Adams (right), with his partner Tony Sullivan, began the push for gay marriage at the alter and in the courtroom.
After a brief illness, Adams died Dec. 17 at age 65 in the Hollywood home he shared with Tony Sullivan, his partner of 43 years, attorney Lavi Soloway told The Associated Press.
Adams and Sullivan met at a Los Angeles gay bar called “The Closet” in 1971, but their life and relationship would soon be on display for a worldwide audience.
They were granted a marriage license in 1975, but for years fought in vain to see it recognized by governments and a population for whom the idea of two married men was still strange and foreign. They were subjected to anti-gay slurs even from government agencies.
“They felt that in the end, the most important thing was their love for each other, and in that respect they won,” Soloway said. “No government or no law was ever able to keep them apart.”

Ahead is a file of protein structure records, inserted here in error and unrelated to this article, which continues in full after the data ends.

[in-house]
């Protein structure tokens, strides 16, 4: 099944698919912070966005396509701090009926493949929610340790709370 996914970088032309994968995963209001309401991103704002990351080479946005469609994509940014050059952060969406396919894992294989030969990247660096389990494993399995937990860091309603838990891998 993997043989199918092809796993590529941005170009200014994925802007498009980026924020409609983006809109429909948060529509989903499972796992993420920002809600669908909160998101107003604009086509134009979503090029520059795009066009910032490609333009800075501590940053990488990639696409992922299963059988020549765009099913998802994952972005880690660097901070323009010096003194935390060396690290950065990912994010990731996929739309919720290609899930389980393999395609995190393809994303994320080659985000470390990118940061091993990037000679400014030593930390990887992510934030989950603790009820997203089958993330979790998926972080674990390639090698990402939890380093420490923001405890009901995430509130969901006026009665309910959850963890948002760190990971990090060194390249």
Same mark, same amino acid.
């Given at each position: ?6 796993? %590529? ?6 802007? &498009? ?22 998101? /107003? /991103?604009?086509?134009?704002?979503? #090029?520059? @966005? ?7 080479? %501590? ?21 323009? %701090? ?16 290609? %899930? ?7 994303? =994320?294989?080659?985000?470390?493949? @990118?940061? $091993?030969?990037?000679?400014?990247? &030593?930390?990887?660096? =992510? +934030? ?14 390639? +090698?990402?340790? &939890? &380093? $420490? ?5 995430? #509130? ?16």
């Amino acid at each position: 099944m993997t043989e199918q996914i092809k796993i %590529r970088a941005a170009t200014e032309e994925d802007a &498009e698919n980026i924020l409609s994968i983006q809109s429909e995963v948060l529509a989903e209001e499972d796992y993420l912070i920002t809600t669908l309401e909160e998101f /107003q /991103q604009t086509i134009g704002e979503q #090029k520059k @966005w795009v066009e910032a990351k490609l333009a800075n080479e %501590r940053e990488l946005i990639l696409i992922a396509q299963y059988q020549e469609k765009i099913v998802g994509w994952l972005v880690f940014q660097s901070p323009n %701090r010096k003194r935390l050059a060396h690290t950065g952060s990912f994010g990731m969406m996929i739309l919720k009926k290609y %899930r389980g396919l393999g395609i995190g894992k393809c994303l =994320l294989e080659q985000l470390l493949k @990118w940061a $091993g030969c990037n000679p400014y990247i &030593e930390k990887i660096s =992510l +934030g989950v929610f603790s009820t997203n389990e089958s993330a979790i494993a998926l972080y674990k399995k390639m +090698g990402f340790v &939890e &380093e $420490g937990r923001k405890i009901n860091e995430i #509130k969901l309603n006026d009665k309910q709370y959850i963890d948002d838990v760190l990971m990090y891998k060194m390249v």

The couple’s public life began when they heard about a county clerk in Boulder, Colo., named Clela Rorex, a pioneer in her own right who took the unprecedented step of giving marriage licenses to gay couples after learning from the district attorney’s office that nothing in Colorado law expressly forbade it.
Rorex’s office became what The New York Times soon after called “a mini-Nevada for homosexual couples.”
Among the first six couples to take advantage were Adams and Sullivan, who traveled to Colorado, had a ceremony at the First Unitarian Church of Denver and were granted a license from Rorex, before the state’s attorney general ordered her to stop giving them to gay couples. Rorex remained in contact with Adams throughout his life.